Hanoi Street Where Dead Appliances Come Back to Life

For decades, Tran Quy Cap Street has been synonymous with appliance repair in Hanoi. Here, skilled repairers, often hailed as "magicians," possess an uncanny ability to breathe new life into cherished household gadgets.

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Tran Quy Cap Street in Hanoi‘s Dong Da District is home to a myriad of repair and maintenance shops for household appliances. Some specialize in pumps of all types, while others focus on rice mills, meat grinders, and so forth. A loyal clientele frequents the majority of these establishments.

 Tran Quy Cap Street in Hanoi’s Dong Da District is a narrow but bustling thoroughfare. Photos: Vu Toan/Dan Tri

Trinh Minh Tu, a Dong Da District resident, brought two blenders suffering from short circuits to the street for repair. “The repairmen here are highly experienced in fixing household appliances. People often quip that they can magically repair anything in your home,” he remarked.

Not only residents of the neighborhood but also individuals from other areas seek out the street for its repair services. As a result, these workers have scant time to rest.

“Depending on the season, certain items are in greater demand for repair. Water heaters and electric kettles in winter, air conditioners – hot and cold water dispensers in summer, and rice cookers, induction cookers, or ultra-fast cookers all year round. The work may seem simple, but it requires meticulous attention to detail. Each workshop has a lead mechanic who specializes in repairing complex components. “The rest perform simpler tasks such as cleaning and polishing,” explains a worker on the street.

 The street is a hub for skilled home appliance repairmen in Hanoi.

In addition to repairing home appliances, the shops also purchase old, broken appliances, refurbish them, and resell them, according to their owners. Recently, second-hand air purifiers, tumble dryers, and washing machines have been in high demand due to Hanoi’s humid climate.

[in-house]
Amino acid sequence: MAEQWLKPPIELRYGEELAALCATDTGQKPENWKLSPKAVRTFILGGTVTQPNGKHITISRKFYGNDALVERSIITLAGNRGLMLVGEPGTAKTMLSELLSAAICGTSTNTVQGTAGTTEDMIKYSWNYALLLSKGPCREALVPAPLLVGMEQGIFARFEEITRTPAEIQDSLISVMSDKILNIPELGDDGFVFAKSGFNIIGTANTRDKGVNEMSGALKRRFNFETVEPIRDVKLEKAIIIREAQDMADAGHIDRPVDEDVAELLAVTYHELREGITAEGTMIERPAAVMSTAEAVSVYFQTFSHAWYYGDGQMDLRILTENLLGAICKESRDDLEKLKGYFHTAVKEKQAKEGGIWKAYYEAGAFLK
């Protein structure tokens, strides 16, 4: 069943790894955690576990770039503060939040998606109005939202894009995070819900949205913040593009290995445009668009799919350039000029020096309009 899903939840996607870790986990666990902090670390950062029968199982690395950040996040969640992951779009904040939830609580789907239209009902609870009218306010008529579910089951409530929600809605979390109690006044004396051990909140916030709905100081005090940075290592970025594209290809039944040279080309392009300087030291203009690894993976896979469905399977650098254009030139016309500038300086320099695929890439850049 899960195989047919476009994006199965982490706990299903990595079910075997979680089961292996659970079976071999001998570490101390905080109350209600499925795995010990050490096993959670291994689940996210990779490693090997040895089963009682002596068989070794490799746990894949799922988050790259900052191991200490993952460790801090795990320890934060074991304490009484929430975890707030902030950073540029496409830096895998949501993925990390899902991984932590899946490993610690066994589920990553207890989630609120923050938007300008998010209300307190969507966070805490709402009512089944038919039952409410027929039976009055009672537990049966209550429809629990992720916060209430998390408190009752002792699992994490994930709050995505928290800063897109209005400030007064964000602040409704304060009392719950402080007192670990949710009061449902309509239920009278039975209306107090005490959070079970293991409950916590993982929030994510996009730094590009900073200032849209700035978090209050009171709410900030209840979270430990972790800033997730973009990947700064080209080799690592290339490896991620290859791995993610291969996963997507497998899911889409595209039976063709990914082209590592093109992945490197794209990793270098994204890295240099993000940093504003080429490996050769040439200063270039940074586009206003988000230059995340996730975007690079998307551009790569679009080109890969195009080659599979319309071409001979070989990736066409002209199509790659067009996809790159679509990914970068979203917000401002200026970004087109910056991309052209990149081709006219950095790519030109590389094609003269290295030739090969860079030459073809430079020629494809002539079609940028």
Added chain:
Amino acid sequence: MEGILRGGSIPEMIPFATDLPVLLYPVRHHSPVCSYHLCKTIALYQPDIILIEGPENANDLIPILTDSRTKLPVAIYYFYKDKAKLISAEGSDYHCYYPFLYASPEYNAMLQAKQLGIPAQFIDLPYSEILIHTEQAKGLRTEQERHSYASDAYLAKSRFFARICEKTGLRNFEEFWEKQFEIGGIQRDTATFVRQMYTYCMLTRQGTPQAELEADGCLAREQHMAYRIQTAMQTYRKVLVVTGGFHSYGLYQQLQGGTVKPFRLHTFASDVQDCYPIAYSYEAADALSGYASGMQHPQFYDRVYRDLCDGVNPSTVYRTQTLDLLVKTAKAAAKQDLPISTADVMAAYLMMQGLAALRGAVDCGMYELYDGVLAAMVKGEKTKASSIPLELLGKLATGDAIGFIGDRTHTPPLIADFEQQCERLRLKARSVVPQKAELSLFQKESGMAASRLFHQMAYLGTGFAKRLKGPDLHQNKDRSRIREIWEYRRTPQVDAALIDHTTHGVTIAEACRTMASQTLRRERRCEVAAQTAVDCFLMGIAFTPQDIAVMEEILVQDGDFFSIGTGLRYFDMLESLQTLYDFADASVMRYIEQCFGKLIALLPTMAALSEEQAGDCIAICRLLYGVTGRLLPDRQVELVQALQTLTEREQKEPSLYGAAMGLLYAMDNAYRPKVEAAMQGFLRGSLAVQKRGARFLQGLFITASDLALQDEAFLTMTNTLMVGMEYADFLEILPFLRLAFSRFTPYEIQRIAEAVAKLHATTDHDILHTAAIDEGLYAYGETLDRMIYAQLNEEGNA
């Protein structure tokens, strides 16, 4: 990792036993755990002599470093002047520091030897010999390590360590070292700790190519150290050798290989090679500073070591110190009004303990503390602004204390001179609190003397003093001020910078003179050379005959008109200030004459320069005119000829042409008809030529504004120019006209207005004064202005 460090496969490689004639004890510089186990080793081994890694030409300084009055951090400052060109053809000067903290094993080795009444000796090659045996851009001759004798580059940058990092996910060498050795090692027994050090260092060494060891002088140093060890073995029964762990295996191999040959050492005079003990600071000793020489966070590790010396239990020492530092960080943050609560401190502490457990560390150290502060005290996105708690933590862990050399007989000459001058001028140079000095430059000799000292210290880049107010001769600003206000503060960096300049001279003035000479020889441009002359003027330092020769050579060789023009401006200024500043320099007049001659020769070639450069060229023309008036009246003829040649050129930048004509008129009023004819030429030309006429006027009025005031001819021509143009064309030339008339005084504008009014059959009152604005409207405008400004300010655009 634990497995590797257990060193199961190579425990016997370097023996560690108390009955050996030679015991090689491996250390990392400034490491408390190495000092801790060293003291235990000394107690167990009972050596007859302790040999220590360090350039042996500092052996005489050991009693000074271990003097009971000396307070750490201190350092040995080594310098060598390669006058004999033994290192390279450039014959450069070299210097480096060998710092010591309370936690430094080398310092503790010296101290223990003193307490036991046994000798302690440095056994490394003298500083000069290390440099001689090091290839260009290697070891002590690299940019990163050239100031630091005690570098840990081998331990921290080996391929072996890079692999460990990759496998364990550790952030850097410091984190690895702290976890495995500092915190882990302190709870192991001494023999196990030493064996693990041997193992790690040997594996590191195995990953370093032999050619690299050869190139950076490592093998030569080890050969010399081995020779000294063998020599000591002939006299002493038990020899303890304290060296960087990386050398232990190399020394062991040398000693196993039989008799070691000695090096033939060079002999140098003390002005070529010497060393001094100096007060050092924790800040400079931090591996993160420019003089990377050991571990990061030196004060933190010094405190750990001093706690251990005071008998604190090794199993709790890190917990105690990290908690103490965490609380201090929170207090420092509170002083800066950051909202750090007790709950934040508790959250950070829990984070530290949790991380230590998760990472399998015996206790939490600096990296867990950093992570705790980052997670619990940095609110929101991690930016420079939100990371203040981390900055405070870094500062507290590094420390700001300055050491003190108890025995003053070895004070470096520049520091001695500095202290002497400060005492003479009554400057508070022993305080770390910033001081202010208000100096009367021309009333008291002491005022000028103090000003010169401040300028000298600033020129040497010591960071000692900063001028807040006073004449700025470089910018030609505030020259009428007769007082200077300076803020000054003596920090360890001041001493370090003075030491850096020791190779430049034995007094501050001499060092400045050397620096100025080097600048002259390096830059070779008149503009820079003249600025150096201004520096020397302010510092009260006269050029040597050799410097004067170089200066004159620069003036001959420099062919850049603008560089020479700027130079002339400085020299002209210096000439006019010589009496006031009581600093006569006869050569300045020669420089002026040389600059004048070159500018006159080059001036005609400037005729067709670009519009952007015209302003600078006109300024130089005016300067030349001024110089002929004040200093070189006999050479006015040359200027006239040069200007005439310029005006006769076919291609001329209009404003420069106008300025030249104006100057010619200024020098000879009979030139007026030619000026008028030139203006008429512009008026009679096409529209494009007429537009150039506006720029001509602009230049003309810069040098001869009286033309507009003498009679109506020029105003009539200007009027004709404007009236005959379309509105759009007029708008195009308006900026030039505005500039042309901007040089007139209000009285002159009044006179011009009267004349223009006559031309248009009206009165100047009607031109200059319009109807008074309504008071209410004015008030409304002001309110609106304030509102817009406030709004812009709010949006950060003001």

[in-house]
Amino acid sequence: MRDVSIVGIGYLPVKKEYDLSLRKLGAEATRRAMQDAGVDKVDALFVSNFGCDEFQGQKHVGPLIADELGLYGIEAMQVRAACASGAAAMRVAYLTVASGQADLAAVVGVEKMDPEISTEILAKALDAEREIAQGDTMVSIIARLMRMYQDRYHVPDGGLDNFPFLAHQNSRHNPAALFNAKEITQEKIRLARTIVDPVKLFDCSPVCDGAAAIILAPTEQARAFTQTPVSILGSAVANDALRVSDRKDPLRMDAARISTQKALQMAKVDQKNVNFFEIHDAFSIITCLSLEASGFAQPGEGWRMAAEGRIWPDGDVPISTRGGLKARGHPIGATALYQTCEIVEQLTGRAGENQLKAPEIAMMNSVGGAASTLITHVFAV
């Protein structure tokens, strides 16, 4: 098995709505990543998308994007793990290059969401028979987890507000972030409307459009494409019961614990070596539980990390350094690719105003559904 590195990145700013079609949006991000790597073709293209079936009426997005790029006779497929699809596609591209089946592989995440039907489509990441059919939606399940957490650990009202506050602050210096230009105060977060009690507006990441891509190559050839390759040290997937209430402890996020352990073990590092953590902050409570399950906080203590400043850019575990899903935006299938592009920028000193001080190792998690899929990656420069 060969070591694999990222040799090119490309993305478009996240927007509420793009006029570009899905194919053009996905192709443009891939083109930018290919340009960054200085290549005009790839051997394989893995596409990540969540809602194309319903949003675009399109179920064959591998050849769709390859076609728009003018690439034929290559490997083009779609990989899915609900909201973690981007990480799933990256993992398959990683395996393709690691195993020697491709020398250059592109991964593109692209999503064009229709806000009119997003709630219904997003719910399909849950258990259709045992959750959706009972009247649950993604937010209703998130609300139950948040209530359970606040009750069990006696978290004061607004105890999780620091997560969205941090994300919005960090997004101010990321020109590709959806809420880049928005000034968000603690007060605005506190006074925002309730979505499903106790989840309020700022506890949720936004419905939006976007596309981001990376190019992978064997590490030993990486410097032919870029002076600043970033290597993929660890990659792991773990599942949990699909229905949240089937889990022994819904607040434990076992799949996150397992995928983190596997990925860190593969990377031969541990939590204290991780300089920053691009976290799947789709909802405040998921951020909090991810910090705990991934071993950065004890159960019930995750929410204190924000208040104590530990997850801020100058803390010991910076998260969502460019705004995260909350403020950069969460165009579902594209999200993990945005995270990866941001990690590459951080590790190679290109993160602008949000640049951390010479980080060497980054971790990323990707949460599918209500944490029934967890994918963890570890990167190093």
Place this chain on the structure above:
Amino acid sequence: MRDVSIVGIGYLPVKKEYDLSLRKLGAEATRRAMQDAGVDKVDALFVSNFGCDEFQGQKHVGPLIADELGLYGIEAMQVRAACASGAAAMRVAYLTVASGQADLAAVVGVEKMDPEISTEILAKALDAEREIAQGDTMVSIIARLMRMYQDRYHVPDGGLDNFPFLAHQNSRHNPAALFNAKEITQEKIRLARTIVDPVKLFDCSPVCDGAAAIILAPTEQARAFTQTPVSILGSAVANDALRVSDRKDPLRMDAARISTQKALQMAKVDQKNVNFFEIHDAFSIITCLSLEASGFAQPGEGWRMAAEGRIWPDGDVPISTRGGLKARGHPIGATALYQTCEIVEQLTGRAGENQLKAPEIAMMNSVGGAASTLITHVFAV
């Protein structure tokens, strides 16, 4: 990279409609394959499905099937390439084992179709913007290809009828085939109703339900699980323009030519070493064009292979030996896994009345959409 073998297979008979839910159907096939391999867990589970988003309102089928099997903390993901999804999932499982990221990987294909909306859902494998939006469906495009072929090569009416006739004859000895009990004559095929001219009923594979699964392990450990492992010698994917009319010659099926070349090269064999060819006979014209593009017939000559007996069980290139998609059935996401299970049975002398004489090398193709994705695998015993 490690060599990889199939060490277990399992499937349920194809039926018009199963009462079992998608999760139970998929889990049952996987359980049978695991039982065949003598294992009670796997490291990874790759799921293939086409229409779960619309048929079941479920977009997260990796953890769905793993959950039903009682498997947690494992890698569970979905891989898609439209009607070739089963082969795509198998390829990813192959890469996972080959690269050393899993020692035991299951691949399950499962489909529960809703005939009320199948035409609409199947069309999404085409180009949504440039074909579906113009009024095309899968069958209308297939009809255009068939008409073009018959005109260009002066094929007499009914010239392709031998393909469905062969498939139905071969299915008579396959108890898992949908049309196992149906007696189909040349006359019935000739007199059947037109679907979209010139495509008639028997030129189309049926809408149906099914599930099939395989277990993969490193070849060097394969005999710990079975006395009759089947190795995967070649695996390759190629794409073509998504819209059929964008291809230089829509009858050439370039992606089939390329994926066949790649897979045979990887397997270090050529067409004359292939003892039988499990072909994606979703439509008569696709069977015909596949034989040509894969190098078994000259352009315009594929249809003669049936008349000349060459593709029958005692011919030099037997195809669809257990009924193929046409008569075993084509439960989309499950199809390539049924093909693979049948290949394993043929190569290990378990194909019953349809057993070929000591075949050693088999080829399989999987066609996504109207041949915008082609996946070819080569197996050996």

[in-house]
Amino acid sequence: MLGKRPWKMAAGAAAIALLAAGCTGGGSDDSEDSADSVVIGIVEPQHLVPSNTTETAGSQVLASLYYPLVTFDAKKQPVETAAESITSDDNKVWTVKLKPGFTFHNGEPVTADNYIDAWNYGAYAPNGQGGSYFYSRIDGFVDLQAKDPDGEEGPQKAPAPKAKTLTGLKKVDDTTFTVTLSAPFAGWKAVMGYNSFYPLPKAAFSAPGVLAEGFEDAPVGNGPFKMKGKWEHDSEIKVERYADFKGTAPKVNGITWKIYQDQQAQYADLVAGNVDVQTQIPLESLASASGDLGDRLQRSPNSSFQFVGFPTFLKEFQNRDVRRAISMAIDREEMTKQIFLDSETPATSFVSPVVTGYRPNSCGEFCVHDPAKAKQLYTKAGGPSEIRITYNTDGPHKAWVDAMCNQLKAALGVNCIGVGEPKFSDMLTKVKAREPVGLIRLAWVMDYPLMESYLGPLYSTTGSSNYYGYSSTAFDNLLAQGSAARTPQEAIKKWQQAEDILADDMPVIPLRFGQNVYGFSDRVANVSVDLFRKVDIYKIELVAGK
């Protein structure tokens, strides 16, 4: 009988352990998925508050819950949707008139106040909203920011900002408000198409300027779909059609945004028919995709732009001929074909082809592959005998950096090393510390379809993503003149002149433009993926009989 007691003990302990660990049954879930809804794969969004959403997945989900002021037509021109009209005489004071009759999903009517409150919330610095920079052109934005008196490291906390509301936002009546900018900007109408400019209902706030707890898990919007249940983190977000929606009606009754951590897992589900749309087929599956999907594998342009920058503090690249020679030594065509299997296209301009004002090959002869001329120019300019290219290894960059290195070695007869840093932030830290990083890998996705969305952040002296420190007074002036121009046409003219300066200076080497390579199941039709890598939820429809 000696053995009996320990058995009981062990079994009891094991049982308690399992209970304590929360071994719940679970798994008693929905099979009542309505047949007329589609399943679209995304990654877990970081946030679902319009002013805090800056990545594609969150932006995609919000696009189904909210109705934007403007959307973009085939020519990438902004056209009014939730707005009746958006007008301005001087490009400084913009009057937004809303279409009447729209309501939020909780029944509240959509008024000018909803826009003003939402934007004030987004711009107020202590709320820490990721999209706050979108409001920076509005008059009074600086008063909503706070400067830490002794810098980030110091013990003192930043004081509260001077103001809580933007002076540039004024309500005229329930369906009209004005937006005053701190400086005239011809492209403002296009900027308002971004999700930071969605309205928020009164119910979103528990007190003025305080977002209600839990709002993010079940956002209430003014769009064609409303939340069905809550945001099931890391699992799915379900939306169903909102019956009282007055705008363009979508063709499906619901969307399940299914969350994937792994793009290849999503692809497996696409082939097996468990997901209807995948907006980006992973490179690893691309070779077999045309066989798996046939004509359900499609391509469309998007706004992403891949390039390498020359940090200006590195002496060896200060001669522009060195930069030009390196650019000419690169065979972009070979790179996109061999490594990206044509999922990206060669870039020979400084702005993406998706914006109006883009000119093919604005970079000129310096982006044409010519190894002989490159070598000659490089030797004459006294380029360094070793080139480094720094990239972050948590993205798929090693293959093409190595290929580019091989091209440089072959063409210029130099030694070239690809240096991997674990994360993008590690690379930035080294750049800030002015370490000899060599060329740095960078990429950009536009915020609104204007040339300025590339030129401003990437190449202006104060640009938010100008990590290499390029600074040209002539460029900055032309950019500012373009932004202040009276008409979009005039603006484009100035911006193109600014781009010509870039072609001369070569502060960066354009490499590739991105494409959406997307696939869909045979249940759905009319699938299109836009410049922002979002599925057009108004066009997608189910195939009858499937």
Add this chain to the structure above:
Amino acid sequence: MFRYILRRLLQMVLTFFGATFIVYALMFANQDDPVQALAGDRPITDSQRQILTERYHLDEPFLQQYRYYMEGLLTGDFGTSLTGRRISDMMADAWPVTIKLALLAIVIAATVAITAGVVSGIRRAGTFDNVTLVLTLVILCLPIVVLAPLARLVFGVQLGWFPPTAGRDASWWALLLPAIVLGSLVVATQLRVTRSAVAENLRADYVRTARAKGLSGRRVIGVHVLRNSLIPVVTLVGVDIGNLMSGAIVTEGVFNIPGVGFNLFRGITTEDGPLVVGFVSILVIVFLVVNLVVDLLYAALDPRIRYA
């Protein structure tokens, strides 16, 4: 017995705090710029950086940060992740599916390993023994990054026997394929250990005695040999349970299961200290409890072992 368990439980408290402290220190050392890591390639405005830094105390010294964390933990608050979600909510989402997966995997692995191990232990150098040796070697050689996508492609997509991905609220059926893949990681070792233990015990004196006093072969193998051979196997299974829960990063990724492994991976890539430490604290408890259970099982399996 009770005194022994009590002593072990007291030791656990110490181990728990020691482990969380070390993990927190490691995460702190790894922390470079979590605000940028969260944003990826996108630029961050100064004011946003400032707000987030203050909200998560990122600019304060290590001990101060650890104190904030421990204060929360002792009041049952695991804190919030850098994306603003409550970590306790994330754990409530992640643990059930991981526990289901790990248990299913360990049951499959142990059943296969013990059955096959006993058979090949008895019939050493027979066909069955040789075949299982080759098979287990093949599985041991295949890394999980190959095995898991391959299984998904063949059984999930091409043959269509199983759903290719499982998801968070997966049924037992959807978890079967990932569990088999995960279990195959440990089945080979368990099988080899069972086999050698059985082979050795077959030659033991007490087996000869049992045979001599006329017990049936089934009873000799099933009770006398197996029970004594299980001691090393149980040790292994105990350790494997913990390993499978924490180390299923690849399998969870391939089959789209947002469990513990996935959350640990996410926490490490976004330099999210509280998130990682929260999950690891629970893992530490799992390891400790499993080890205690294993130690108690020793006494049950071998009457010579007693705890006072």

“Our work is year-round and never-ending. Most of the breakdowns are caused by short circuits or worn buttons. Such issues necessitate component replacement. Many customers who don’t want to have them repaired bring them here and sell them to us at prices slightly higher than scrap metal. Subsequently, I repair, polish, and resell them,” explained another repair business owner on Tran Quy Cap Street.

The majority of repairmen on the street are male, but a few women handle sales and order taking. However, there is also a woman who meticulously brushes black stains from the surface of a used water heater. After cleaning and polishing, the item appears brand new.

 Foreign visitors to Hanoi are amazed by the ingenuity of the amateur mechanics working on Hanoi’s streets.

Nguyen Thi Duoc has been repairing appliances on Tran Quy Cap Street for three decades. “My body used to ache at first. However, after doing it for an extended period, I became accustomed to it and the work became routine,” she said.

“Anything can be fixed here, but water heaters and rice cookers are the most common repairs. When I retired, I started working here immediately. Since I’ve been doing this job for nearly 30 years, there is no type of household appliance that I haven’t repaired. Many people bring their old and broken appliances here to sell. After replacing parts and repainting, we resell them for a quarter of the price of new ones,” the veteran adds.

Andrey, a street photographer from Portugal, visited Tran Quy Cap Street because of his interest in these repair shops in Hanoi. “This street offers a wealth of photographic material. The stories of the repairmen here are captivating. Their work embodies the rhythm of life in Hanoi. This street also reminds me of the sights I witnessed in India,” said Andrey.

Numerous appliance repair shops line this narrow street in downtown Hanoi.  

Tran Quy Cap Street is a short street adjacent to Hanoi Railway Station, approximately 300 meters from the city center. It is located in the Van Mieu and Van Chuong wards of Dong Da district, and stretches for 700 meters with a width of 5-8 meters. It also serves as the North Gate of the railway station, where trains depart for the country’s northern provinces. The street is surrounded by major roads such as Le Duan, Kham Thien, Hai Ba Trung, Nguyen Khuyen, and Quoc Tu Giam.

Tran Quy Cap Street is typically bustling with commercial activity. Household appliances, clothing, backpacks, and wallets are the primary businesses here. There are also motels, hotels, and restaurants that cater to train passengers. A number of offices and factories are located at the far end of the street, near Trung Tien Alley.